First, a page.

Prout: Part 3 - Progress, Utilisation and Theory

"Freedom from dogma is a sign of progress because dogma keeps the mind from expansion and fulfilment."


T
he Progressive Utilization Theory (PROUT), as the name implies, is a theory inspired by the idea of progressive utilization.

Progress

According to philosophy and science, every entity in this universe is moving. The movement has meaning, however, only when a direction or goal is present. Progress denotes movement toward a goal. In Prout philosophy, progress is best explained by the Sanskrit word pragati, which means well-directed motion. According to Prout, progress is a movement directed toward the goal of well-being for all. Progressive applies to such things that are conducive to universal well-being.


In common parlance, the word progress is often associated with an increase of comfort in the material sphere or with sophistication in the sphere of technology. To go by aeroplane instead of a covered wagon is termed progress. However, according to Prout's definition of progress, such advancements may or may not be termed progressive. It depends upon their contribution to all-around human welfare. Upon deeper analysis, we find that, in the material world, an advance in pleasure or comfort on the one side is always associated with some adverse effects or difficulties on the other side. Technologies that increase convenience may, on the other hand, hurt the environment. Nuclear power, automobiles, plastic, and many other scientific advances have proven themselves to be mixed blessings. 

It is due to the nature of the material world characterized by the law of cause and effect. Therefore, even the most seemingly progressive advances in science are not without negative ramifications. However, it is not to say that efforts in the physical realm are to be avoided. It is simply necessary to acknowledge that true progress cannot be achieved in the physical realm alone, as any advance is coupled with corresponding problems.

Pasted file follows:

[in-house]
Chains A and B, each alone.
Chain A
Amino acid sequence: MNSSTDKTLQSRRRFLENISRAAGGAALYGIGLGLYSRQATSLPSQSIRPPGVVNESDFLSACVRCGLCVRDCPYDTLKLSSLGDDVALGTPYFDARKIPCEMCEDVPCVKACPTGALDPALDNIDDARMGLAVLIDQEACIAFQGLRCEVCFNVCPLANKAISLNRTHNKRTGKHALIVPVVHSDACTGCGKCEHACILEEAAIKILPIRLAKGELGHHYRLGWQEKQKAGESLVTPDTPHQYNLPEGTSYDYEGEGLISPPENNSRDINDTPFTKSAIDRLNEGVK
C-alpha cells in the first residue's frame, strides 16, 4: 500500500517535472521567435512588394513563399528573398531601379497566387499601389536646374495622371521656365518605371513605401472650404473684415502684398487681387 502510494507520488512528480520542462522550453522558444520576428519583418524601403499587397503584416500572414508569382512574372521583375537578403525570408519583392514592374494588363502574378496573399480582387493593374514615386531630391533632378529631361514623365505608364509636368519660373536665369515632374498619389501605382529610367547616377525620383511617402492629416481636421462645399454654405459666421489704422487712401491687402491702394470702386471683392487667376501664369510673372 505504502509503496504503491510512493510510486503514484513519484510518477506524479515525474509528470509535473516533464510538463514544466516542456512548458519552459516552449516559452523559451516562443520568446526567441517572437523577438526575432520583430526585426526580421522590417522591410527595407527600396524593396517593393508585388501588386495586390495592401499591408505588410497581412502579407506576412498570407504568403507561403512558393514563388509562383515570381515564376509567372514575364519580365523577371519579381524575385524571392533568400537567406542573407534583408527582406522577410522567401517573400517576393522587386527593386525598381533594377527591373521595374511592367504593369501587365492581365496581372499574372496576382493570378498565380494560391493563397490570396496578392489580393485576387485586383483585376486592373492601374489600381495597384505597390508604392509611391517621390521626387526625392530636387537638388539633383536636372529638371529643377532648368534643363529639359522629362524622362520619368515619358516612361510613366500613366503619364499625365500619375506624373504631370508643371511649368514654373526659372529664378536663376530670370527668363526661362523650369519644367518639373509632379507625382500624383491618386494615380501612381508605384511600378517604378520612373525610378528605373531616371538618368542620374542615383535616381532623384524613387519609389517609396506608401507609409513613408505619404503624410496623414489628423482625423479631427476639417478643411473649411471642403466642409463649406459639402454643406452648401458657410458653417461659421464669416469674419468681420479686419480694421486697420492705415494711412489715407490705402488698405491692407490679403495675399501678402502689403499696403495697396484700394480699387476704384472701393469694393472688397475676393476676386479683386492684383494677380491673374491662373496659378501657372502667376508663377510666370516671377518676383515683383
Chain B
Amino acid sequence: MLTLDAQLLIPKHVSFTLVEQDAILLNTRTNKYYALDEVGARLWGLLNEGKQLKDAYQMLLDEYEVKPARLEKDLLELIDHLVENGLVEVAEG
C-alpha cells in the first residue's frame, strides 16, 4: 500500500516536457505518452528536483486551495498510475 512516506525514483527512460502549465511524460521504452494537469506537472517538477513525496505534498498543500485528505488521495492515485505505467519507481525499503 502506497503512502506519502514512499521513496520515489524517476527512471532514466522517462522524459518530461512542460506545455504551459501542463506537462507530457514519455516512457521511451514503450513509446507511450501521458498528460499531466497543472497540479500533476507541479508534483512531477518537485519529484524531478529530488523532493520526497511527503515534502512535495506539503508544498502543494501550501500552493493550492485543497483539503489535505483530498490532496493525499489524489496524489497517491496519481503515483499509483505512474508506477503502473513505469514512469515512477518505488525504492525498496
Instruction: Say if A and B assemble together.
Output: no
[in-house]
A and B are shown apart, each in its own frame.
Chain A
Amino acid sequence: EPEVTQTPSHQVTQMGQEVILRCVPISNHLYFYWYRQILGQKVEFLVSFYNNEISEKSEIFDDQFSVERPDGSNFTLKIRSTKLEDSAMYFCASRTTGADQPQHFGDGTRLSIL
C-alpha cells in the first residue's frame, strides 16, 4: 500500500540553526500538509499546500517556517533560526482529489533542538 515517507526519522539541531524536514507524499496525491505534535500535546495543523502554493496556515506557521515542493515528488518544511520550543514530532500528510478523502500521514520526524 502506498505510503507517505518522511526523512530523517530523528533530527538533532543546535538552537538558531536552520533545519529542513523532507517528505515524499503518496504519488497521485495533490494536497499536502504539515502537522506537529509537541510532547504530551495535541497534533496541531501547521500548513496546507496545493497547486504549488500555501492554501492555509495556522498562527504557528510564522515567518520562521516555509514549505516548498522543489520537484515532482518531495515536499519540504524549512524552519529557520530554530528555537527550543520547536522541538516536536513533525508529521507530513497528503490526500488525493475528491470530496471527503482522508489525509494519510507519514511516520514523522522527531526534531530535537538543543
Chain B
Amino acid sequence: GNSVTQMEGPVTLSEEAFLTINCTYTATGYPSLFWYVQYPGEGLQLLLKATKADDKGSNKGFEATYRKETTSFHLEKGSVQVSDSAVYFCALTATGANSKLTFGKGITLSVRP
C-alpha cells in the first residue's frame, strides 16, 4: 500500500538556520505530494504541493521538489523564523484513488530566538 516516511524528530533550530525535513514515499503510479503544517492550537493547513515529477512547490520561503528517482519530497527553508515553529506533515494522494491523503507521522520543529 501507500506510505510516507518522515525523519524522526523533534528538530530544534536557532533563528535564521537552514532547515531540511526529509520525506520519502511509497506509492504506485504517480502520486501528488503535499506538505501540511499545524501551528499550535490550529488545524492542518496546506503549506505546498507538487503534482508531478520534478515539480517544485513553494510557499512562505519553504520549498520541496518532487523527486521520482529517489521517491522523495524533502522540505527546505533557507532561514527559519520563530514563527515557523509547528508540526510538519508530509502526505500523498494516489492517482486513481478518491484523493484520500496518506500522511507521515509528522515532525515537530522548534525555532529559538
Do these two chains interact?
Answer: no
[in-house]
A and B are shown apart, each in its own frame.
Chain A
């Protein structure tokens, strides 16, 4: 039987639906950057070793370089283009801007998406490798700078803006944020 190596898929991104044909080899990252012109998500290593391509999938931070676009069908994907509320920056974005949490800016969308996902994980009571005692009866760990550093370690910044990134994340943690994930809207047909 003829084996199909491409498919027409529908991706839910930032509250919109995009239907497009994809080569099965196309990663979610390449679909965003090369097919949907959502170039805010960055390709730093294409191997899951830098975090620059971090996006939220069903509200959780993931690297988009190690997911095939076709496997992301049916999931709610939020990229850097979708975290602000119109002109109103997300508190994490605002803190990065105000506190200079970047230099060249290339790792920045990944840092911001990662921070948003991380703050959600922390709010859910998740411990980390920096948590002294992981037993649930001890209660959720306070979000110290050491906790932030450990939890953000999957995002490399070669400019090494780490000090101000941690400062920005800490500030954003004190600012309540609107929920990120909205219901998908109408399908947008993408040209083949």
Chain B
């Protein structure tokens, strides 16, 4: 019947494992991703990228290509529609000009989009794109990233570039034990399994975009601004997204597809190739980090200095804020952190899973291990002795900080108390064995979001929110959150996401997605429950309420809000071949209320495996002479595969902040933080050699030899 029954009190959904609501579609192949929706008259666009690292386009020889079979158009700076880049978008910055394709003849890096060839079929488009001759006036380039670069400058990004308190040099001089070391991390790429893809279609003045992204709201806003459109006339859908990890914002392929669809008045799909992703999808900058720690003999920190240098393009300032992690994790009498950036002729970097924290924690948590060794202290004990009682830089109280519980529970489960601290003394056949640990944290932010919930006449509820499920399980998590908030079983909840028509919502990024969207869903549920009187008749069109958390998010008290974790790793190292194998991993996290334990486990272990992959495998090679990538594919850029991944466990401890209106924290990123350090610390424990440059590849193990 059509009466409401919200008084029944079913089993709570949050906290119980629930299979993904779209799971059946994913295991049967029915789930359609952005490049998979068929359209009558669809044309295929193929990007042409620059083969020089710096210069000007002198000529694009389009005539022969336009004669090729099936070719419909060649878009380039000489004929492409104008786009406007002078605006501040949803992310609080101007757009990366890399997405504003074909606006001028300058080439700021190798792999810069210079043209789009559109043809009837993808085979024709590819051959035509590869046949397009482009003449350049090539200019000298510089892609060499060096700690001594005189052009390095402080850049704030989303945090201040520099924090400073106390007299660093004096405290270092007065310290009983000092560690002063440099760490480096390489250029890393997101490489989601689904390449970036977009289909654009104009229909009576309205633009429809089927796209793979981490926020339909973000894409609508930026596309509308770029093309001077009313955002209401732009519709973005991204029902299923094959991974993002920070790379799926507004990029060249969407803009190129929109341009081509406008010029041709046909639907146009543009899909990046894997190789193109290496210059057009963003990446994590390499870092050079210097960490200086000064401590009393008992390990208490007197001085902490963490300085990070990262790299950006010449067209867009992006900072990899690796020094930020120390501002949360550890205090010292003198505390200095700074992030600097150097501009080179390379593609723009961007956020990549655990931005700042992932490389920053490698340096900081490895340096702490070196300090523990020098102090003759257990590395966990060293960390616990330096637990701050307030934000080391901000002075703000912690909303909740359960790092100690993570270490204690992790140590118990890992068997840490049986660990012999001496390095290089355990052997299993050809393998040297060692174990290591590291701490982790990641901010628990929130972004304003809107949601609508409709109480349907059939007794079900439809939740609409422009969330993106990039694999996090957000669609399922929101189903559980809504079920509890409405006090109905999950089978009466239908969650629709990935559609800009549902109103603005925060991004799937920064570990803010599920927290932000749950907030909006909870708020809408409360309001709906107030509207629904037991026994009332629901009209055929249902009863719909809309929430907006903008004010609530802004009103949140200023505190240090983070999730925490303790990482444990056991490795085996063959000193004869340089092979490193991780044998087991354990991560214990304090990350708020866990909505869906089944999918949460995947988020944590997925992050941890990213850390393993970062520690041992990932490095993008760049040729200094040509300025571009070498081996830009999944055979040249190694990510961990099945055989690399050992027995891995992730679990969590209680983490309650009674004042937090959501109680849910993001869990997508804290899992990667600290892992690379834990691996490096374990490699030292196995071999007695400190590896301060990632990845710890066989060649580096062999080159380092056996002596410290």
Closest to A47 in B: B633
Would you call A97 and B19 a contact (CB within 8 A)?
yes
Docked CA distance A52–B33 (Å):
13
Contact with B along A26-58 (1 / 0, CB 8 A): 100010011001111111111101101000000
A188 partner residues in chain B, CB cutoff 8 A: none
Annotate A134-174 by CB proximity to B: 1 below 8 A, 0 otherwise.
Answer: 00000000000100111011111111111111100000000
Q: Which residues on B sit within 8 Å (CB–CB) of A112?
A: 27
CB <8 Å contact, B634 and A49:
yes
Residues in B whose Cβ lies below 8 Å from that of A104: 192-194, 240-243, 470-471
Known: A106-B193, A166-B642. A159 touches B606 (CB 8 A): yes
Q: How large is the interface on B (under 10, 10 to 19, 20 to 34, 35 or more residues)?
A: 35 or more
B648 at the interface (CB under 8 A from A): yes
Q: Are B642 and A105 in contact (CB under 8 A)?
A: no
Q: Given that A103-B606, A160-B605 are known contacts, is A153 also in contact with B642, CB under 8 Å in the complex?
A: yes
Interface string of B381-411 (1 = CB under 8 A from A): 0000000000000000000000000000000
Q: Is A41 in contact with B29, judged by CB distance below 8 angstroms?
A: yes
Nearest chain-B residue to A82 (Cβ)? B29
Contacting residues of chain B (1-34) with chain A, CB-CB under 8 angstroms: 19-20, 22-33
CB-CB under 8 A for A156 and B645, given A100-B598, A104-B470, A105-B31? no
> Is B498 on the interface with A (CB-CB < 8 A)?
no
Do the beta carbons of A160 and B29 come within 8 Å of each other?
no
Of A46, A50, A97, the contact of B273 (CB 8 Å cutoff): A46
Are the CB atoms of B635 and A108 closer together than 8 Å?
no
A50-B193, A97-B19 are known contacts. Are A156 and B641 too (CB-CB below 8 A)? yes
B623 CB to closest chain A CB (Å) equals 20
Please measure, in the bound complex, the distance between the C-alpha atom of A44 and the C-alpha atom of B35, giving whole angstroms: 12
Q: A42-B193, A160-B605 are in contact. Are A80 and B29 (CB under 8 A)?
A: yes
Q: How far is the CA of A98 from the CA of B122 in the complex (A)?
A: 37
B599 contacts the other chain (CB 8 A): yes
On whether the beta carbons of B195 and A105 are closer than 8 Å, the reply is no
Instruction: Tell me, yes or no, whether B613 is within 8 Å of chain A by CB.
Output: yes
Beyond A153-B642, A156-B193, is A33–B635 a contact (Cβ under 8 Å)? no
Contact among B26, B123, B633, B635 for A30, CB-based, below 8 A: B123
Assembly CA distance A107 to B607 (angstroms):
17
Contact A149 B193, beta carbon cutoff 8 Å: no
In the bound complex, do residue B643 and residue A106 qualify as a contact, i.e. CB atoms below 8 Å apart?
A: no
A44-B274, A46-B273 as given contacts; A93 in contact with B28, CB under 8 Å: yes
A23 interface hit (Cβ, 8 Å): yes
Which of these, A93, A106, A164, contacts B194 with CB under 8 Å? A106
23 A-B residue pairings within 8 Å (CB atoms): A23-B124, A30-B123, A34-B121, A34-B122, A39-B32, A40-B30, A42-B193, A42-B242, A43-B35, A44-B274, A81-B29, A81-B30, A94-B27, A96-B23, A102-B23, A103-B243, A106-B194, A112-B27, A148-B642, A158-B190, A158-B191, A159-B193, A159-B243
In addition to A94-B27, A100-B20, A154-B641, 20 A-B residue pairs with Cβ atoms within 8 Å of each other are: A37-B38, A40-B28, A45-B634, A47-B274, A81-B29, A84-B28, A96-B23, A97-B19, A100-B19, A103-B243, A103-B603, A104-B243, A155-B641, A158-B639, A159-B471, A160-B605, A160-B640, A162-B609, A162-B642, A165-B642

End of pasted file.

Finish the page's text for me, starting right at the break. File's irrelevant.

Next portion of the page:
In the psychic or intellectual world, we also find that an increase in mental activity and knowledge is often accompanied by mental suffering due to a rise in mental contradictions. We observe that psychic diseases and insanity are much more prevalent among intellectuals and educated urban populations than uneducated village people. Increased intellectual development allows new mental disorders to arise, especially in an imbalanced or materialistic society. Hence, it is difficult to say that true progress can come about solely through intellectual development.



The spiritual sphere is concerned solely with linking the finite to the Infinite. Movement or progress in the spiritual sphere is not associated with an opposite movement but is purely one-directional. The goal of movement in the spiritual sphere is the resolution of contradiction. It allows mental expansion toward the state of perfect equilibrium and equipoise. When the mind is in this balanced state, one experiences true inner peace or happiness. Human beings are always seeking this state of mind. 


This state of consciousness lies beyond the realm of pain and pleasure that characterizes the mind when attached to the physical-psychic world. The endeavour to attain this blissful state is the human quest known as spirituality. Therefore, in Prout, all actions and ideas leading to this state of Oneness are considered progressive. In truth, human progress in the more profound sense is only possible in the spiritual realm. The spiritual realm is found within the subjective rather than the objective state of mind. It is experienced in the inner core of the heart. Knowingly or unknowingly, it is the source of all our inspiration and aspirations.


If we can achieve true progress only in the spiritual world, should human beings be concerned with the material and psychic world? Should we shun involvement in physical pursuits and retreat to mountain caves or secluded monasteries? Given the state of human affairs today, this could reflect an escapist mentality, having little to do with the development of spirituality.

"So while spiritual progress in our lives should be the goal, we need to attend to our physical and psychic environment and progressively adjust them to allow our forward spiritual movement."